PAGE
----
Life at Home in the Twenty-First Century: 32 Families Open Their Doors

Jeanne E. Arnold

Book cover

This book presents some really interesting academic work. I had heard of it a while ago, but had forgotten until Elise brought the book home–one of her professors had discussed the work in a class. The authors are anthropologists at UCLA who undertook a painstaking study of the material home lives of 32 self-identified middle class families in LA over a couple of weeks. Just as anthropologists studying ancient cultures try to derive knowledge about them by the material remains that we can find, so these anthropologists studied modern American life through the specific lens of the houses of these families and the objects inside them. One of the cool things about the study is that the authors made a point of recording a rich catalog of data–blueprints, comprehensive photographs with tagged objects and object counts by class and room, time-use observations of the family members themselves–even if it wasn’t necessarily germane to their immediate research interests. The goal was to establish a valuable dataset that future researchers could mine in all kinds of ways.

The book is brief so you should really read it yourself, but I’ll mention some of the interesting findings–which are in line with many of my personal preconceptions:

-Families made heavy use of processed convenience foods in preparing dinner, yet these actually saved very little food preparation time–about 10 minutes per meal on average. The main time effect of these foods is to save the parents the effort of planning menus for the week.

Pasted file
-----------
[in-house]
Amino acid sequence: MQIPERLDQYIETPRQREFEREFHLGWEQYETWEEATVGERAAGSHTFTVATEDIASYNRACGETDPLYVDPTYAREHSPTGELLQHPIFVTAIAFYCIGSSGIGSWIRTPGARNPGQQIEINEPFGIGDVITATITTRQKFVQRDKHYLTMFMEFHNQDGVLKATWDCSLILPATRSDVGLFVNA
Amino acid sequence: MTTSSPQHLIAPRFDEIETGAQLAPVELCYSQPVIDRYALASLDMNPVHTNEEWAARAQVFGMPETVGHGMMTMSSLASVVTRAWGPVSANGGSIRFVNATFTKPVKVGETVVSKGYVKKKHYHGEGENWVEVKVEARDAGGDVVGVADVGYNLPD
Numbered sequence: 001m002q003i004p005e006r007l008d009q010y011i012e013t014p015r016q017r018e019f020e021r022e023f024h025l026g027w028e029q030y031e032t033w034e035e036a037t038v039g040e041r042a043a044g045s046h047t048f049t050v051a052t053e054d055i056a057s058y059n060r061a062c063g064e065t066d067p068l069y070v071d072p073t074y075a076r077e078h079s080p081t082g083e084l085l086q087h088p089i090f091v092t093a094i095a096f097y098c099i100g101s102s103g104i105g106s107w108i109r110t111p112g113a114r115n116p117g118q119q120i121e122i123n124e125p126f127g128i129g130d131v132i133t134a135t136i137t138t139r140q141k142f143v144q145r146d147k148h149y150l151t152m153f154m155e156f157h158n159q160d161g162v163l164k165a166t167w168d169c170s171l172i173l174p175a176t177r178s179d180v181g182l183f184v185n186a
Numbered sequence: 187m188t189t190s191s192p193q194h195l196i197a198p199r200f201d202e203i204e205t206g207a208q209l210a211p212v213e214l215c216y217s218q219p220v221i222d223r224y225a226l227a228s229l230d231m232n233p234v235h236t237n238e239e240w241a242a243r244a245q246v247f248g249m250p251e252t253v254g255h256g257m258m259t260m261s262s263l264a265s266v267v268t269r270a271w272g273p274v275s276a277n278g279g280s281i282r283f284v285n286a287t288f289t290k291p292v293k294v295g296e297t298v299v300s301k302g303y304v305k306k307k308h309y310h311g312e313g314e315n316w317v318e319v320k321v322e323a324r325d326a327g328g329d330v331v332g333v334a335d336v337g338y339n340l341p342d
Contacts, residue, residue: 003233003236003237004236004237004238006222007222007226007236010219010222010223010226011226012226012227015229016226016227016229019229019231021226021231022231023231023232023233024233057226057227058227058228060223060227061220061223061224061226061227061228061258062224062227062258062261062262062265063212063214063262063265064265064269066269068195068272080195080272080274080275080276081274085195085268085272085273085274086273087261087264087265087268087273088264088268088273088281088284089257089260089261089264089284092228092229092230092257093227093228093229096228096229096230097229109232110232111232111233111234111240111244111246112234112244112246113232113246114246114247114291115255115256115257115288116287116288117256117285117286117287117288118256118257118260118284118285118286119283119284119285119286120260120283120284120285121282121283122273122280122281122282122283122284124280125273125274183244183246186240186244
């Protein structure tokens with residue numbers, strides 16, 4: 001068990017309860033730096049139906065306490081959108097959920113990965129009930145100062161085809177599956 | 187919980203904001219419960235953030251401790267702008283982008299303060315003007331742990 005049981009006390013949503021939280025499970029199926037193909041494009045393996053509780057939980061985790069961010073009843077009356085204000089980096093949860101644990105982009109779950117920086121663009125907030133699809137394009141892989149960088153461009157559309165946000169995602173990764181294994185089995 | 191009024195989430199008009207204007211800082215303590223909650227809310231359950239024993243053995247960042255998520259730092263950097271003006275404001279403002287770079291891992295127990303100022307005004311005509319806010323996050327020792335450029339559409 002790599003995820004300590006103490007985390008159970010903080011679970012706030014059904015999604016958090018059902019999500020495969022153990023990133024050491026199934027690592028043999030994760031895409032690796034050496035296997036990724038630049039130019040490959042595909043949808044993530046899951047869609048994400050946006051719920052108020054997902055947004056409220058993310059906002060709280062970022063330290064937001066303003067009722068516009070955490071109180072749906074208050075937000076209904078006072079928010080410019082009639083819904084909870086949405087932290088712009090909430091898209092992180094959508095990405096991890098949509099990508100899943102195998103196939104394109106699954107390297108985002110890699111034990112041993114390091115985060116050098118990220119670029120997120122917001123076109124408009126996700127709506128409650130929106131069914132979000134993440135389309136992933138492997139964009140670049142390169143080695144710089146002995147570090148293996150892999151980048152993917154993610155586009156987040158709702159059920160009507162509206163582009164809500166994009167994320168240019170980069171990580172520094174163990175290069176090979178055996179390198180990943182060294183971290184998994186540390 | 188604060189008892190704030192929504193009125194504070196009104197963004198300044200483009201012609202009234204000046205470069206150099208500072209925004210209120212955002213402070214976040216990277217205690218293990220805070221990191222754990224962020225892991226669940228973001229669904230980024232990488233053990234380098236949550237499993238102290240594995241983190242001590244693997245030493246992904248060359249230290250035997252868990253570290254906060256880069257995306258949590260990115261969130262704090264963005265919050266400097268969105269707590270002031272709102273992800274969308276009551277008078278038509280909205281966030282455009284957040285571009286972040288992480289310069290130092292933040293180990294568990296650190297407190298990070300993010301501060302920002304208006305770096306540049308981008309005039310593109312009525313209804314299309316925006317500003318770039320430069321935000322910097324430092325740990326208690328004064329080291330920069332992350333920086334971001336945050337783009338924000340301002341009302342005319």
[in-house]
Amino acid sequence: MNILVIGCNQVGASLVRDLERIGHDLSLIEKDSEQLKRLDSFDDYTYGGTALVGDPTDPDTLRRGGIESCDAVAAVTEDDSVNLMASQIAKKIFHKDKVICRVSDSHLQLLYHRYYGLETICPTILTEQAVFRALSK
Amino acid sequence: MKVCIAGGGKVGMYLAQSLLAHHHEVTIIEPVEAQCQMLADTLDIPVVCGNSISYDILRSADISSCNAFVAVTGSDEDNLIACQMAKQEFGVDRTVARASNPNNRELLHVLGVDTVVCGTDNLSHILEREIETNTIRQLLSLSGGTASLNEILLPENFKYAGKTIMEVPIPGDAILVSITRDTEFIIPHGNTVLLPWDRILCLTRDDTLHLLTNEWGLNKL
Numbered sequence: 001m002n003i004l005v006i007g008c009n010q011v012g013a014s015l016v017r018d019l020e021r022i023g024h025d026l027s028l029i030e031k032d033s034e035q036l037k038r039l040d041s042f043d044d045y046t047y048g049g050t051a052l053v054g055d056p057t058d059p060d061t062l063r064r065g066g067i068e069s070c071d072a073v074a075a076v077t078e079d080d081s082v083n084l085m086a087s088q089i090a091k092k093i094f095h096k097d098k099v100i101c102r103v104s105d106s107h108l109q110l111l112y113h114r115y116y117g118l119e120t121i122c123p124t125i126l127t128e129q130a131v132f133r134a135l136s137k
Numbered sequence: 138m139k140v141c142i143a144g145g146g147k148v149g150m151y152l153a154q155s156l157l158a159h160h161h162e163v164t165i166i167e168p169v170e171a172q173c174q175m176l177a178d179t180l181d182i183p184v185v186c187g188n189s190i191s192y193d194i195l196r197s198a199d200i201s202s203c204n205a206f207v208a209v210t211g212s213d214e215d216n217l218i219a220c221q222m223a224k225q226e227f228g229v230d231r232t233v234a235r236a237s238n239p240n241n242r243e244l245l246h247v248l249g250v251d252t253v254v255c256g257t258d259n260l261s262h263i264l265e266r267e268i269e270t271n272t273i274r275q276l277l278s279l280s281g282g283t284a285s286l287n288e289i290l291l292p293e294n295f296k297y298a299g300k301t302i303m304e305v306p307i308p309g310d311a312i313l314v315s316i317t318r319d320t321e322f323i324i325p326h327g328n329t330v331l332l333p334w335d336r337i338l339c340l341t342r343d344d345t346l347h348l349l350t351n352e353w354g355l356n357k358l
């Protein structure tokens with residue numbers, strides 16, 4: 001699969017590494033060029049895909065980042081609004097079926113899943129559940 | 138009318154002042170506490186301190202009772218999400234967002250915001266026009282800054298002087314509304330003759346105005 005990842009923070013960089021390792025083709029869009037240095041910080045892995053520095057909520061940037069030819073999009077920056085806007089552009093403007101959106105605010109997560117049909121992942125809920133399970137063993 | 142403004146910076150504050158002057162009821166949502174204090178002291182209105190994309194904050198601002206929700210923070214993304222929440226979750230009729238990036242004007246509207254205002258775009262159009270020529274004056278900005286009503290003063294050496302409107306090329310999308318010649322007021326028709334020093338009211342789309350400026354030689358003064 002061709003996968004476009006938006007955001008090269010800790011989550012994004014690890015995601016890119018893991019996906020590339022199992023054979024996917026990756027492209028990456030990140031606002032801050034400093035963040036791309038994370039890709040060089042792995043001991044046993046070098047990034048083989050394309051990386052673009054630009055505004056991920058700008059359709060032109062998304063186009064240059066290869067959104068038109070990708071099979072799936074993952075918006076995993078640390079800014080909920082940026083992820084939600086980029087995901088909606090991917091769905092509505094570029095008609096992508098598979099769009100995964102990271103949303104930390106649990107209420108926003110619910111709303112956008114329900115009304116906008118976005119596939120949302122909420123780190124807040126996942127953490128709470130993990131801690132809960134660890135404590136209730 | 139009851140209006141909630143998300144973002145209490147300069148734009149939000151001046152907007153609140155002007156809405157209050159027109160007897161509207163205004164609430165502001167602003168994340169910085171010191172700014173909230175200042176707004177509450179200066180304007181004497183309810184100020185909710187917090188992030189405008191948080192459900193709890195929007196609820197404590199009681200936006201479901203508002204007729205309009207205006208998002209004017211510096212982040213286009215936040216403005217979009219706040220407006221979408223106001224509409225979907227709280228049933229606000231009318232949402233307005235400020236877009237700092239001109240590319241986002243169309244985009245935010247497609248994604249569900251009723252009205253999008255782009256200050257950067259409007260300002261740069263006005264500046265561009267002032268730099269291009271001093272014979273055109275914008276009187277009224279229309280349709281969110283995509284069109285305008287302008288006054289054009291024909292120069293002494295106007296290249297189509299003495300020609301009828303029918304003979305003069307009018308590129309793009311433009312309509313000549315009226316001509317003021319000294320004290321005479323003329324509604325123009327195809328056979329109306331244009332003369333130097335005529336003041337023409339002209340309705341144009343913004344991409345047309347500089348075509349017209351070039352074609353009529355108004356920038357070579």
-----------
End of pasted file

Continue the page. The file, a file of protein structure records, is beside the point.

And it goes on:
-Despite the fact that all of these families live in LA, and that many of them had extensively renovated outdoor spaces, the total amount of time spent outside at home by all family members was effectively a rounding error.
-High (self-assessed) levels of clutter were associated with higher stress levels of the mothers (not fathers) as measured by cortisol levels. (It is not clear to me, at least from the presentation in the book, if the association is causal, or if so, in the implied direction. It could be that stressed mothers tend to be more bothered by clutter.)
-The families in the study ate meals together even less frequently than averages reported in national survey data (which were quite low in the first place).

The book is heavily focused on photographs, and I think one of the most interesting parts of reading it was just its role as an antidote to the unrealistic depictions of homes we see in the media. This is a truth that I think I and many others have digested regarding depictions of bodies and human beauty in media, but it is striking how analogous the situation is with depictions of living spaces. It is a little funny at first to see a coffee table book filled with pictures of regular, messy houses.

My Goodreads rating: 4 stars